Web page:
Data were collected from February 2013 to May 2014. After informed consent, each participant completed a private interviewer-administered questionnaire in French or the local language. Topics included demographic and socioeconomic characteristics, sexual partnerships and behaviors (including condom use during the last 12 months and condom use at last sex with a new client), and knowledge, attitudes, and practices related to STIs and HIV based on the modified social ecological model [28]. After the questionnaire, pre- and posttest HIV counselling, based on the standard national counselling protocol, was conducted. A venous blood specimen (~5 milliliters) was collected from each consenting participant for HIV testing.

2.6. HIV Testing

HIV testing was performed using the national Burkina Faso HIV testing algorithm (Presidency of Burkina Faso/CNLS: HIV testing and diagnosis algorithm in Burkina Faso. Oct. 2004.). The first step was to perform a rapid test using Alere Determine™ HIV-1/2 kit (Alere, Inc., Waltham, Massachusetts). This was followed by ImmunoComb® II HIV 1&2 BiSpot kit (Alere, Inc.) as a second test for differential detection of antibodies to HIV types 1 and 2, only if the first test was positive. Four discordant results were further tested and confirmed negative through use of the ImmunoComb II HIV 1&2 CombFirm kit (Alere, Inc.).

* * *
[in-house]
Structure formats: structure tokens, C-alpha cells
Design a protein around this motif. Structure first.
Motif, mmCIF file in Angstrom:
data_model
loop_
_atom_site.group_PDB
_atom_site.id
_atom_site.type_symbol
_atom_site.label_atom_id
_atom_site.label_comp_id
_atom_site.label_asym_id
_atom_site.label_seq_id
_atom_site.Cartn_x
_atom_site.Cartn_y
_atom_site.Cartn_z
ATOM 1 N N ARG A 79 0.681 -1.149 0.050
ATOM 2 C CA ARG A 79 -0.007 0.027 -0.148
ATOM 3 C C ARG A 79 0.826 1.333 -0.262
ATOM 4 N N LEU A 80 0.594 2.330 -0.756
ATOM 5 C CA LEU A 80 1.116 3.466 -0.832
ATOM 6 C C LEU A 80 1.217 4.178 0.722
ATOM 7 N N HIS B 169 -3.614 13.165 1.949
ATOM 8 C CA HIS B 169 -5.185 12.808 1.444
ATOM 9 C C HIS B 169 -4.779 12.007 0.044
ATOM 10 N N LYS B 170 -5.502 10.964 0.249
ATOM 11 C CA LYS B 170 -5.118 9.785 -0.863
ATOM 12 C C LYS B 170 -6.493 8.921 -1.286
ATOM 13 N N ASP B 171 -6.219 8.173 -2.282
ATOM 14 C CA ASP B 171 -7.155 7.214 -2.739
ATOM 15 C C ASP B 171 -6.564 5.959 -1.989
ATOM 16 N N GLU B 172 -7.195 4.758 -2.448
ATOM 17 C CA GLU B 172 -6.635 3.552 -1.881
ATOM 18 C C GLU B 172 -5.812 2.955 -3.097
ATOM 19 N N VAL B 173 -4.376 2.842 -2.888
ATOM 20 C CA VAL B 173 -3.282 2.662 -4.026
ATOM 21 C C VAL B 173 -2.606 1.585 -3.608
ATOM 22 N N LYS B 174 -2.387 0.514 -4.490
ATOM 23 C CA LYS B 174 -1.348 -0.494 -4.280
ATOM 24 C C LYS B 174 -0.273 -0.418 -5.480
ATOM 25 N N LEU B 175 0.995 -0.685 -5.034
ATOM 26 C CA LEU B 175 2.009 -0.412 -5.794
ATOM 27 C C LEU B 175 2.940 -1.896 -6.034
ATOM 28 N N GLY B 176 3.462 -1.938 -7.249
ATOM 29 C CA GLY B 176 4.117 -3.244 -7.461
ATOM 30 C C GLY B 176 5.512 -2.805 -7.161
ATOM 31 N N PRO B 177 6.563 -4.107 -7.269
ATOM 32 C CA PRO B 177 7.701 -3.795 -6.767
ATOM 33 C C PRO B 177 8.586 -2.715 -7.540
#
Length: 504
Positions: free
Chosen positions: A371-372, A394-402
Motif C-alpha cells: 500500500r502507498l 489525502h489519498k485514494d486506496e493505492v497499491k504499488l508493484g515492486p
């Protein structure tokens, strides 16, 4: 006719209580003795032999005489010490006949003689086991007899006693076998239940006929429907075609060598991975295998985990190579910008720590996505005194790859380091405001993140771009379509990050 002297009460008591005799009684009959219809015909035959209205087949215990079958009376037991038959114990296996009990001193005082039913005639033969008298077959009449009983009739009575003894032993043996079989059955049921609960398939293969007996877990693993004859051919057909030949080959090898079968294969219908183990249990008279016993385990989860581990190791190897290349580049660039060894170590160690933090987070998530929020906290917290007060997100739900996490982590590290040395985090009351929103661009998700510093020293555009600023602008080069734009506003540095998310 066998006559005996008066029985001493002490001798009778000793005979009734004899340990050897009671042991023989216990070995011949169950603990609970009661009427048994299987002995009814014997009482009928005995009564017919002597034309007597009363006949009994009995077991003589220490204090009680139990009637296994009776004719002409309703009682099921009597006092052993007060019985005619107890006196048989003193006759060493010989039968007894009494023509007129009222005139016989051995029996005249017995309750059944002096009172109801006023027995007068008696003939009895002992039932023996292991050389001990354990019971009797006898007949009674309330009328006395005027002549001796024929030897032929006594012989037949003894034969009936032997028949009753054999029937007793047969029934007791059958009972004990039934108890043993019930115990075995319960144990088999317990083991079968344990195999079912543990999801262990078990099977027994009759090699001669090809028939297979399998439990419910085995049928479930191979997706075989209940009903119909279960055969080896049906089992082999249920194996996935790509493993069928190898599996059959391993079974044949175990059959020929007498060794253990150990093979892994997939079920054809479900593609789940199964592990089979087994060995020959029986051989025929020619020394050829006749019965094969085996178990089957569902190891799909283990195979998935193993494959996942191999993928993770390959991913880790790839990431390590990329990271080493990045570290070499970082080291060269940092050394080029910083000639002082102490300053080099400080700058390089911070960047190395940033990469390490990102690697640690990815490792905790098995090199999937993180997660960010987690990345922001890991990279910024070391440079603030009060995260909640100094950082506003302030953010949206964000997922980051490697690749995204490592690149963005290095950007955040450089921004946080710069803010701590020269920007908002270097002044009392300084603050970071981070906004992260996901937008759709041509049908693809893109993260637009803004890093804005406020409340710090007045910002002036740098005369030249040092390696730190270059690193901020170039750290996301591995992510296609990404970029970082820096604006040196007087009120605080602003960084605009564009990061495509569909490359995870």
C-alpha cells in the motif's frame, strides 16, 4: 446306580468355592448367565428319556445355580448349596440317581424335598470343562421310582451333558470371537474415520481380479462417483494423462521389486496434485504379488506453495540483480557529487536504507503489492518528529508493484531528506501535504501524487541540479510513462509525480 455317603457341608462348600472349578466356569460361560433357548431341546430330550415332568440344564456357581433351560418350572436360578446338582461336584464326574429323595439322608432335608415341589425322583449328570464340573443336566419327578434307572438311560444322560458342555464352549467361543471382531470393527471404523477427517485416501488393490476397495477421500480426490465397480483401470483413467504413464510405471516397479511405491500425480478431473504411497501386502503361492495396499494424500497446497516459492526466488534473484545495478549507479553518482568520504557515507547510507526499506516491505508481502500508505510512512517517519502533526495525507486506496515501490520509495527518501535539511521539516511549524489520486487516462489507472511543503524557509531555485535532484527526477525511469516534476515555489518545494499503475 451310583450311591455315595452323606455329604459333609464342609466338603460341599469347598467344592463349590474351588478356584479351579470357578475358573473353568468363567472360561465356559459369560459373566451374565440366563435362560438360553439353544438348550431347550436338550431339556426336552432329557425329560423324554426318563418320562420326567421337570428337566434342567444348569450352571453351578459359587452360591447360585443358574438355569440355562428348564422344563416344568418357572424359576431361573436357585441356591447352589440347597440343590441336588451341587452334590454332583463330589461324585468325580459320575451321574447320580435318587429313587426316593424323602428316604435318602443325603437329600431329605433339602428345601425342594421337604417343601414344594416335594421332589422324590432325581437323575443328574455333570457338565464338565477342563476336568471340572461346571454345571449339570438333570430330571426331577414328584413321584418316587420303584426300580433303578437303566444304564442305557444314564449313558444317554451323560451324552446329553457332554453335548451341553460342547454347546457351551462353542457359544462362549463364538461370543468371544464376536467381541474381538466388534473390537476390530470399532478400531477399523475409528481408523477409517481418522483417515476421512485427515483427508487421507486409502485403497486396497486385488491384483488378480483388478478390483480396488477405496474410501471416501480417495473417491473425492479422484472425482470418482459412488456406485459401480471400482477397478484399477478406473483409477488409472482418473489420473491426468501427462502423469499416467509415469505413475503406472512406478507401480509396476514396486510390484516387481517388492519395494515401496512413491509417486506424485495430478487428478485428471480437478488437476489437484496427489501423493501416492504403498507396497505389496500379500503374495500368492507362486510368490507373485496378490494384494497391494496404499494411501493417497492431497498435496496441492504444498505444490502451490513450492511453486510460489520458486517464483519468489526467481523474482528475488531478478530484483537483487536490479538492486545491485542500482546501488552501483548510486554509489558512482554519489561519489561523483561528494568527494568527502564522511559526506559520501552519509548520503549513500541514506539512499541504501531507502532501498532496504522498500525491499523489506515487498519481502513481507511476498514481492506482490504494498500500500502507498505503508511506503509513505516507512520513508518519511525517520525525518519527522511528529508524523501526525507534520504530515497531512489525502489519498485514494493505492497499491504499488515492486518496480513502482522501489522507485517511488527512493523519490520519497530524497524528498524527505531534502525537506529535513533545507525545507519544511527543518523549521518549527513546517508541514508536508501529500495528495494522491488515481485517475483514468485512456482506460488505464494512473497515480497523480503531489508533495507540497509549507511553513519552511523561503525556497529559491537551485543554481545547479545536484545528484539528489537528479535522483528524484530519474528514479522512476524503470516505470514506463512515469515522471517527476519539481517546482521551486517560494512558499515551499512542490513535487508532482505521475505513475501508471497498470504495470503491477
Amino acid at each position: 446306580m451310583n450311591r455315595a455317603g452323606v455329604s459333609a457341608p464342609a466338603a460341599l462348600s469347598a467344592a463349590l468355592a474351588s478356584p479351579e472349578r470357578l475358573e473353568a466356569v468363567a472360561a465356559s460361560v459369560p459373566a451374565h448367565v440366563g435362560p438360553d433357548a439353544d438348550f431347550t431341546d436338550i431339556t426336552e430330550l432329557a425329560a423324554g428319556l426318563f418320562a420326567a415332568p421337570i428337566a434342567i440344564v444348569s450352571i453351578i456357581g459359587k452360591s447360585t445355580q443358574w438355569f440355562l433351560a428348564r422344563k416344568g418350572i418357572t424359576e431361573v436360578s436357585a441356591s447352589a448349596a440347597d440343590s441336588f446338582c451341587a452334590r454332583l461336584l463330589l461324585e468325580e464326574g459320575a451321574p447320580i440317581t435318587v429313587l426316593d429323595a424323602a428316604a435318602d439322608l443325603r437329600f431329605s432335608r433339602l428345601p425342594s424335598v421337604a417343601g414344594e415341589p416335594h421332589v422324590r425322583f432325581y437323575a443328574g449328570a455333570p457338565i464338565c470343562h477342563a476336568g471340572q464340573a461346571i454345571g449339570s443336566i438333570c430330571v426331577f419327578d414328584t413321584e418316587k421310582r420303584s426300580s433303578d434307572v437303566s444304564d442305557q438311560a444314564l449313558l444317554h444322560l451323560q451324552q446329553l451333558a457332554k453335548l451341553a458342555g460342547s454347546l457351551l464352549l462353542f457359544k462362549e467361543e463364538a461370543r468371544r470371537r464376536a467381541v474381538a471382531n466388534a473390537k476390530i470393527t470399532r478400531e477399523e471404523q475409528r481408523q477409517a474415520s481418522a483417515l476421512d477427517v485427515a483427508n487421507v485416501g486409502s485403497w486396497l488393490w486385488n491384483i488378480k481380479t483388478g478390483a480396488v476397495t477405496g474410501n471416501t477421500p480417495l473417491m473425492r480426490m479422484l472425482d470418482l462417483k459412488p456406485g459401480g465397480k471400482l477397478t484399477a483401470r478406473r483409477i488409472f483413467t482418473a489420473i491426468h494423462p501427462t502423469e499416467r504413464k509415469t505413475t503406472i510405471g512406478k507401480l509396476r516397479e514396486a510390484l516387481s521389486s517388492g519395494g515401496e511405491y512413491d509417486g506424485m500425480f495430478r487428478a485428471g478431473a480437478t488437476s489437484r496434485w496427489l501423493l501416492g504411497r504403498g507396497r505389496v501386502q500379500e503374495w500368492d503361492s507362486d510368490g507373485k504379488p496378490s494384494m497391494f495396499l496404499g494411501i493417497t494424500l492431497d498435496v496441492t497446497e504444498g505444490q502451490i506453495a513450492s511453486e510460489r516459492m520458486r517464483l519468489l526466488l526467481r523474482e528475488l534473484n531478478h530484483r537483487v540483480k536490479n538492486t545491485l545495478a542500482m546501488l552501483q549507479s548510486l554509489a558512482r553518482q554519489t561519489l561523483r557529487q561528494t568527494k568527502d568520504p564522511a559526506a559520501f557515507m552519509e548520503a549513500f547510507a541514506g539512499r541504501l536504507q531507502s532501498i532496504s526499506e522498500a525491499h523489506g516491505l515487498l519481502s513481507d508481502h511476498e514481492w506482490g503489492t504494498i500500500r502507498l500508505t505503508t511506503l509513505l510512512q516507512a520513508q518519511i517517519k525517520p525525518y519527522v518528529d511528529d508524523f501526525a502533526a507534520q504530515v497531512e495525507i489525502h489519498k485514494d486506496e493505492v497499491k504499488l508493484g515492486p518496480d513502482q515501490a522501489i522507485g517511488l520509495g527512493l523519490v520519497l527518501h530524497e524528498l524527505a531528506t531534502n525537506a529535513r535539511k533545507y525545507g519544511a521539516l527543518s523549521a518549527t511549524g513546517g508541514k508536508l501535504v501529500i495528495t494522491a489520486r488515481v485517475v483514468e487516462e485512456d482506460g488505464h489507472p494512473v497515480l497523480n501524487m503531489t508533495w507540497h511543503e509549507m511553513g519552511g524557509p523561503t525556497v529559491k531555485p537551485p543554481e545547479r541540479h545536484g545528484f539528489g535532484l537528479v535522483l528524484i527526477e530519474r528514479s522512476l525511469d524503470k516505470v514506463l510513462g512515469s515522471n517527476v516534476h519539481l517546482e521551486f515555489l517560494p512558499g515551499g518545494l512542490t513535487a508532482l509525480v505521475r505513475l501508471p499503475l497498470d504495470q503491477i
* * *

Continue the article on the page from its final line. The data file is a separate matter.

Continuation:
2.7. Data Processing and Analysis

Data were entered using double data entry into EpiData 3.1 (The EpiData Association, Odense, Denmark) and exported into Stata 14 (StataCorp, College Station, TX) for analysis. Descriptive statistics were used to describe participants’ characteristics, sexual behaviors, condom use, and HIV prevalence. We adjusted all proportions separately for each city to account for the RDS method. This adjustment takes into consideration the probability of each participant to be included in the study. This probability was measured through weighting based on the size of each participant’s network. Network size was determined using the survey question: “how many different people do you know personally who are female sex workers or sell sex? i.e., you know them and they know you, and you could contact them if you needed to?” The mean network size was 39: the network size by city was 69 in Ouagadougou, 21 in Bobo-Dioulasso, 39 in Koudougou, 13 in Ouahigouya, and 27 in Tenkodogo. Network size ranged from 1 to 1000. We presented population estimates and 95% confidence intervals (CI) adjusted for RDS design using the RDS Analysis Tools (RDSAT) version 6.0.1 (RDS, Inc., Ithaca, NY). Bivariate and multivariate logistic regression analyses were performed using Stata to identify factors associated with HIV infection at the level of significance along with their 95% confidence interval (CI). These pooled bivariate and multivariate analyses were not RDS-adjusted because data from all cities were combined. Multivariate analyses were not conducted separately for each city due to smaller sample sizes in Koudougou, Ouahigouya, and Tenkodogo. Age categories were generated according to existing HIV planning goals with adolescent FSWs categorized as age 24 and younger.